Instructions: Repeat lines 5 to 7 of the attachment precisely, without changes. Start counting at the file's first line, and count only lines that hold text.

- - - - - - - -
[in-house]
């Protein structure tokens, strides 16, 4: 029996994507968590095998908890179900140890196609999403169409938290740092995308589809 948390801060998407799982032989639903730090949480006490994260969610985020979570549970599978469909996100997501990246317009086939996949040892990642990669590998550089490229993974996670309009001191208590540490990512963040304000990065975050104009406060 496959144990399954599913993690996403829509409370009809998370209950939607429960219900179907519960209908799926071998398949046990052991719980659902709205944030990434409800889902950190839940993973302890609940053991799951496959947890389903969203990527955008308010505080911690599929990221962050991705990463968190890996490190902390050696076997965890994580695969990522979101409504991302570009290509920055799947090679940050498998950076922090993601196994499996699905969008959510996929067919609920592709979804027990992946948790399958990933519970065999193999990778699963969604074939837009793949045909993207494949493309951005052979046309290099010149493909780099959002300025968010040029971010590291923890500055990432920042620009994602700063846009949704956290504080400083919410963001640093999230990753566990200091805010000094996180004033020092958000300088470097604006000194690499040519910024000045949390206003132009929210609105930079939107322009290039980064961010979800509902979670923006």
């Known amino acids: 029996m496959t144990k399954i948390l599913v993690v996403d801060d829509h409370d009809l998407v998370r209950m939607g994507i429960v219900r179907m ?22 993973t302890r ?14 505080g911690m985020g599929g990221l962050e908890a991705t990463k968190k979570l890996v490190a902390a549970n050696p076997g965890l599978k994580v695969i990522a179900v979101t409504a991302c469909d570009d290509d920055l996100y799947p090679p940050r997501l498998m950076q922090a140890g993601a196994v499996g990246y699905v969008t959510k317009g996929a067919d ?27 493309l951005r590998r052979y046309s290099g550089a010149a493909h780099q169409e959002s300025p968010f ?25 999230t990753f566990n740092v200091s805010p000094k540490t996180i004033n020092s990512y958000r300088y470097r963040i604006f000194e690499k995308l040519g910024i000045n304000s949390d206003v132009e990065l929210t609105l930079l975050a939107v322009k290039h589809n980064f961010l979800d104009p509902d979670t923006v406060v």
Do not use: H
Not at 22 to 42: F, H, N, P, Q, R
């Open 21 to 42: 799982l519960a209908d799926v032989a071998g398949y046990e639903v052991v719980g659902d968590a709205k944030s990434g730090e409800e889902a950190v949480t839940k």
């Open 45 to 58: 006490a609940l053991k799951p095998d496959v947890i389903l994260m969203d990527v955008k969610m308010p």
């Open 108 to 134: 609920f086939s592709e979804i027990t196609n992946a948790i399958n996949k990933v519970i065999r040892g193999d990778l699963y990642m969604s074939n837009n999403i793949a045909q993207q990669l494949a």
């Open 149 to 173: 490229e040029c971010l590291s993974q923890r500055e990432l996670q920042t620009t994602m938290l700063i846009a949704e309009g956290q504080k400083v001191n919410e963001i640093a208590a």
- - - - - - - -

Not at 22 to 42: F, H, N, P, Q, R
């Open 21 to 42: 799982l519960a209908d799926v032989a071998g398949y046990e639903v052991v719980g659902d968590a709205k944030s990434g730090e409800e889902a950190v949480t839940k």
């Open 45 to 58: 006490a609940l053991k799951p095998d496959v947890i389903l994260m969203d990527v955008k969610m308010p």